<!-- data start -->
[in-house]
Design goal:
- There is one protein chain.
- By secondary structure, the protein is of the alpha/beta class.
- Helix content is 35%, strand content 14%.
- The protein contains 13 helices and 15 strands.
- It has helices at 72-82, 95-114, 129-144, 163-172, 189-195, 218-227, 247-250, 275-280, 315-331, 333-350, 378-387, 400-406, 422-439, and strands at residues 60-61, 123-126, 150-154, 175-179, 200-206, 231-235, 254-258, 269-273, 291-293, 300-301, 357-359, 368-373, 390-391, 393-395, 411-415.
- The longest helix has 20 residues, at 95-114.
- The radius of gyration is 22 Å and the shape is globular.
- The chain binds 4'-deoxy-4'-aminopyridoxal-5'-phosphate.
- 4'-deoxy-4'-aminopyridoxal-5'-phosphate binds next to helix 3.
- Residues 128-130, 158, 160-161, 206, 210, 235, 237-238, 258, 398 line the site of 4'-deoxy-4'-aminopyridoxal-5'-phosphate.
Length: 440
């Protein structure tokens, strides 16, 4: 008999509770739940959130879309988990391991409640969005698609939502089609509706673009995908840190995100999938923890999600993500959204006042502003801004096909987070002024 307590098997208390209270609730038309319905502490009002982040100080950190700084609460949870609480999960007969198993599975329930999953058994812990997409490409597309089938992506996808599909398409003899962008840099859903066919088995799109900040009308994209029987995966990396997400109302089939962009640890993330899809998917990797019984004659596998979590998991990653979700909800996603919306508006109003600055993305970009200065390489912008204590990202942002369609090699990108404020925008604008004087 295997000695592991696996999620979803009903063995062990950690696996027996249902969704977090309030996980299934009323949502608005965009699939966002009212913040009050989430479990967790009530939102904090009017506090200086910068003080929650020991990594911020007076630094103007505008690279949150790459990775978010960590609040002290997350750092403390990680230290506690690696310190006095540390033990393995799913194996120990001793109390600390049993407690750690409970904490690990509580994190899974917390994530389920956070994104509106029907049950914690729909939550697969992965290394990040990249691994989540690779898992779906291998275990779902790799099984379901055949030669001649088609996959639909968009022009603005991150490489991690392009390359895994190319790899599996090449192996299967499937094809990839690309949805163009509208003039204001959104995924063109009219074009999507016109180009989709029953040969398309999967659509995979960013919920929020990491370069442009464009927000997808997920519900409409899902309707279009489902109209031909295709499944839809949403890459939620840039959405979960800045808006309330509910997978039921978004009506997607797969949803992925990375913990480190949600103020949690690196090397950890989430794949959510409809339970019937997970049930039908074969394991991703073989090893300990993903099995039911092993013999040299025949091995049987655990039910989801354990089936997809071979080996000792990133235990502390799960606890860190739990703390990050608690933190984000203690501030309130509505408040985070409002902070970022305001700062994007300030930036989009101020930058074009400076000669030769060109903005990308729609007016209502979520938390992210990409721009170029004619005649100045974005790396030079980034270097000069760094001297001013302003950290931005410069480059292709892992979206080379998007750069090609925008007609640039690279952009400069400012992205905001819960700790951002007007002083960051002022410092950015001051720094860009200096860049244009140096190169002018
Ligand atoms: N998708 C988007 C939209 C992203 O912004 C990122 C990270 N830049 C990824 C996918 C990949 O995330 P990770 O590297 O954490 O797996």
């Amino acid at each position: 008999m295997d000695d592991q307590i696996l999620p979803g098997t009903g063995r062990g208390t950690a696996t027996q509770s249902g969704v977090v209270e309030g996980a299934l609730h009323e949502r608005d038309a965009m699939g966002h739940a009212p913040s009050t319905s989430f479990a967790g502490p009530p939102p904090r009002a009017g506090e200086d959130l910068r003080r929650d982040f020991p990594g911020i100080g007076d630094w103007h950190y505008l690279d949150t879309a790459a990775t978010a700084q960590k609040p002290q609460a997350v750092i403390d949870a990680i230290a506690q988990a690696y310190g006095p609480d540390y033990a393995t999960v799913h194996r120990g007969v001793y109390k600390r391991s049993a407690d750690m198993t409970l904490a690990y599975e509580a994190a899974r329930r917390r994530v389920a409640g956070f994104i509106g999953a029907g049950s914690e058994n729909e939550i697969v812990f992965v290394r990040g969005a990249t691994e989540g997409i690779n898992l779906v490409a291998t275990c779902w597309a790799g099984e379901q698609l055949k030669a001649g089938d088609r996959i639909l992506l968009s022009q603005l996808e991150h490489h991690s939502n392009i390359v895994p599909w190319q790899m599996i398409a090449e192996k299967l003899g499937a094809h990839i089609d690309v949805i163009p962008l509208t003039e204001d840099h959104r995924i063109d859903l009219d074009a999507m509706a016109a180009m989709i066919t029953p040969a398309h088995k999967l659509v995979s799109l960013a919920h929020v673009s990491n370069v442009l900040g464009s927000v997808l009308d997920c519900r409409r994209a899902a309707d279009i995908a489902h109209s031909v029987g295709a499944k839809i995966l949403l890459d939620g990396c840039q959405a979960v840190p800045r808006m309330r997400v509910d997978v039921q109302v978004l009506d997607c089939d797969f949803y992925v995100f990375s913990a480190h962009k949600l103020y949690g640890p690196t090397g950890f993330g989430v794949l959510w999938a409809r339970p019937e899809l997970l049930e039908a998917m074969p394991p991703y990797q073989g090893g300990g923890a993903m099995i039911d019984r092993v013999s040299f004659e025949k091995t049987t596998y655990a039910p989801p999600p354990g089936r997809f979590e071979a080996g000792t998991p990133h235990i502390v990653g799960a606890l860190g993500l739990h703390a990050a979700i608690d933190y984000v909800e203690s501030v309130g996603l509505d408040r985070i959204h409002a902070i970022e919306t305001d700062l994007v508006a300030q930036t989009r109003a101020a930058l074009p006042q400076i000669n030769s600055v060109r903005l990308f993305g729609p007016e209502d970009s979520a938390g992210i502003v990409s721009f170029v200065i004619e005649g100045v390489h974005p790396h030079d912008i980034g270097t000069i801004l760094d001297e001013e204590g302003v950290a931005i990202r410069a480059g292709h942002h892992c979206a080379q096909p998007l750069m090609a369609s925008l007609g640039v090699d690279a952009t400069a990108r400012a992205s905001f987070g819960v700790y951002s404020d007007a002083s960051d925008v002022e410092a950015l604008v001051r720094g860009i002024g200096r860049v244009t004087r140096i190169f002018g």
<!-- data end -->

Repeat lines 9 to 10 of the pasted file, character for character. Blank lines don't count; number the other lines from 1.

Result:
- The radius of gyration is 22 Å and the shape is globular.
- The chain binds 4'-deoxy-4'-aminopyridoxal-5'-phosphate.